https://www.homedepot.com/p/Milwauk...-Universal-Extension-Bit-48-28-1030/100645490
Run the self feeder in untll the wood chips stop flowing out the hole. Then reverse out the bit to clean the hole and then repeat the process.
As mentioned- use a right angle drill such as a Timber Wolf or Hole Hawg...

The plug you removed is a cleanout plug. Your plumbing code requires them at kitchen sinks.

I bet you can cut in a 2x11/2x11/2" San tee after you cut off the trap arm. Look outside at your roof. If you see a vent sticking up along side the window, in line with the existing vent pipe, chances are good that you will be able to raise the vertical pipe enough (1") to glue in the tee in a normal fashion.
The tee you describe is not code compliant....
 

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To do what you want, you might need to temporarily remove the cripple stud. Re-install it later, to gain some working room.
The plug at the bottom is probably a clean out access.
 

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If you remove the cripple stud on the right and the pipe section on the left (which you will need to anyway to put the new tee in), you may be able drill through 2 studs from each side, and not need as many extensions (maybe none). You'd have to drill a pilot hole all the way through (preferably the same size as the bit in the hole saw).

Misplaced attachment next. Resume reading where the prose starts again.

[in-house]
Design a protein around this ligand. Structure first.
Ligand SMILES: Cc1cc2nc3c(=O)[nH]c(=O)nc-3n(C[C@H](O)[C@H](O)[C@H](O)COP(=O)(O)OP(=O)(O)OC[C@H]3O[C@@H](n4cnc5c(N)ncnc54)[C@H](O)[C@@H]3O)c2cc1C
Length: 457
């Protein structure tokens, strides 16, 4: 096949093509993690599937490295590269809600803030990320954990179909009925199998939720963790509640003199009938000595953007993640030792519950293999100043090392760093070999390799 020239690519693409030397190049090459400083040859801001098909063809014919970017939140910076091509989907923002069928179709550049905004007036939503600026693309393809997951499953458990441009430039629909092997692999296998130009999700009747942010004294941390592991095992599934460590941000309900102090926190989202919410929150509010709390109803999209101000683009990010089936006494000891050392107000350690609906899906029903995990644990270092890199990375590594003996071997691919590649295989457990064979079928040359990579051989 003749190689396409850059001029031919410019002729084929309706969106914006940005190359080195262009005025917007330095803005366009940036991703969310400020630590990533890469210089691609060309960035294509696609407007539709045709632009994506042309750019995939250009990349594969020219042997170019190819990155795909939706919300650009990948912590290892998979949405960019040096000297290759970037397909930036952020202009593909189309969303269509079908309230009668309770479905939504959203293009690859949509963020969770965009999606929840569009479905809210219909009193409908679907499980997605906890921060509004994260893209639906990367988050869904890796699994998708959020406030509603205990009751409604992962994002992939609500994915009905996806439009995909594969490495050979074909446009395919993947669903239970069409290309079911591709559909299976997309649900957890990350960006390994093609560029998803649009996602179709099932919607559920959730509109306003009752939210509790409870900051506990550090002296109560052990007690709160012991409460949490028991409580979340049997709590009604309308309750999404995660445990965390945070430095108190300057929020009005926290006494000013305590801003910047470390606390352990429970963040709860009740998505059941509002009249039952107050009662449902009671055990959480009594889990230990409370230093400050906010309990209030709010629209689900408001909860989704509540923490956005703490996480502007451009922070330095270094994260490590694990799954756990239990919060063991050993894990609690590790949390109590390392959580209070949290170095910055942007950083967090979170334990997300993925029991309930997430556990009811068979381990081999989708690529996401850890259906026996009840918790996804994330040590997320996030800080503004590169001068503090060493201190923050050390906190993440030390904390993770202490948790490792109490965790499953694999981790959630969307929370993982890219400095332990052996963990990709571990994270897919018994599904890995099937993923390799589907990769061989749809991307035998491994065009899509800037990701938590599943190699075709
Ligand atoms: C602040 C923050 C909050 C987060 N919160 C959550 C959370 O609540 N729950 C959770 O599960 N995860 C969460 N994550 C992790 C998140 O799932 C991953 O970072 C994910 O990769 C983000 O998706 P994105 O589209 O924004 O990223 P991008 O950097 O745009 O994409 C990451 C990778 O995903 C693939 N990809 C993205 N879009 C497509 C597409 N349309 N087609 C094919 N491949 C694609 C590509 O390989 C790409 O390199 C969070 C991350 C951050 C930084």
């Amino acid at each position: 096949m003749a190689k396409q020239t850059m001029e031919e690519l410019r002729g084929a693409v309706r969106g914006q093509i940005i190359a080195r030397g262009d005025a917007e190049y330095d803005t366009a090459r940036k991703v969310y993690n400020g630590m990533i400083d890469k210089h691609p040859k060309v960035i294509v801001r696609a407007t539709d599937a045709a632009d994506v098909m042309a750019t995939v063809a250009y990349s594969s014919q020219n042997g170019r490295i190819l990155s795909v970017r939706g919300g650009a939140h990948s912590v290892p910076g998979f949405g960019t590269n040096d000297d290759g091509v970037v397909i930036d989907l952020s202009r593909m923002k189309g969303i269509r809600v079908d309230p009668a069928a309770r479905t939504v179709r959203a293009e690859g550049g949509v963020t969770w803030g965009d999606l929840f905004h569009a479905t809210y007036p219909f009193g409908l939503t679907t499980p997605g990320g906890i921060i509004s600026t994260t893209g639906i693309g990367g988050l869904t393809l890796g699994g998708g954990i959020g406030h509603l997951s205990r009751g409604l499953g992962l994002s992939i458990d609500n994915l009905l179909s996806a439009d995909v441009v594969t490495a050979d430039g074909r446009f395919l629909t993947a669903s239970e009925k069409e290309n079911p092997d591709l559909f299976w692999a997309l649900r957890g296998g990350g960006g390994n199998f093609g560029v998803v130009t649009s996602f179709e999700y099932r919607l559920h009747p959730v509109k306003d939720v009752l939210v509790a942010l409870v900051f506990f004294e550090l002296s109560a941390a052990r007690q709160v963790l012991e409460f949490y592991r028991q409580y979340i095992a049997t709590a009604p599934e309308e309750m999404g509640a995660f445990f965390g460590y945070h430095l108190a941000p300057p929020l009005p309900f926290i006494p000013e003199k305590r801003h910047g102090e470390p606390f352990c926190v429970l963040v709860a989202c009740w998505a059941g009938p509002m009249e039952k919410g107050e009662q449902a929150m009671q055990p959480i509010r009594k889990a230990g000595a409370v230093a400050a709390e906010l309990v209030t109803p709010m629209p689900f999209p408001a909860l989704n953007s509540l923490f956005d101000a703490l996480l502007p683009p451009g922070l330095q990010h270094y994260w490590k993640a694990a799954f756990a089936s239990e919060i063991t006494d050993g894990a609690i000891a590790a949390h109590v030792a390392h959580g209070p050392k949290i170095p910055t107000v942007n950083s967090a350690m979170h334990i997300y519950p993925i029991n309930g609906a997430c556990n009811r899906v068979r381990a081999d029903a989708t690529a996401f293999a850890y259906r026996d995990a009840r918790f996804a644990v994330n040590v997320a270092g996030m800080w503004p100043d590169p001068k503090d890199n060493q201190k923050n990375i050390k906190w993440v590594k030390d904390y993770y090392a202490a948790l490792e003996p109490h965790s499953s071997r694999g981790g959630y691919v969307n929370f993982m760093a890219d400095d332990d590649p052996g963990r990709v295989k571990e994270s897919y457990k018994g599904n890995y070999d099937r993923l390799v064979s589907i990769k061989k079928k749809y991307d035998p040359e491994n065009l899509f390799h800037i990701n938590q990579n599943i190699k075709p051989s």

Alternately, a forstner bit might get you all the way through from one side. The shank on those is usually about 4"; combined with length of the drill chuck, which should fit in the hole, it might be enough to get you all the way through. If not, the pilot hole approach I mentioned above would definitely get you there.
 

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You may be able to push that vent up when you get it cut loose. Check on the roof to make sure it's free of mastic at the roof jack. It may move up enough to make the job easier.

If not, there's no problem using band couplings for the new tee.

Incidentally, this will be a good to use the old trick of sawing through the plastic with some mason's line. It'll prevent you from doing damage to the outside wall.

Was that window sill electrical in a box? Interesting installation there... looks like the window should have been a bit higher.
 

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I actually think you're gonna have to core through 5 studs—I don't know that there's enough space between the 4-pack and the single one next to it even to get a right-angle drill in with the hole saw bit on it.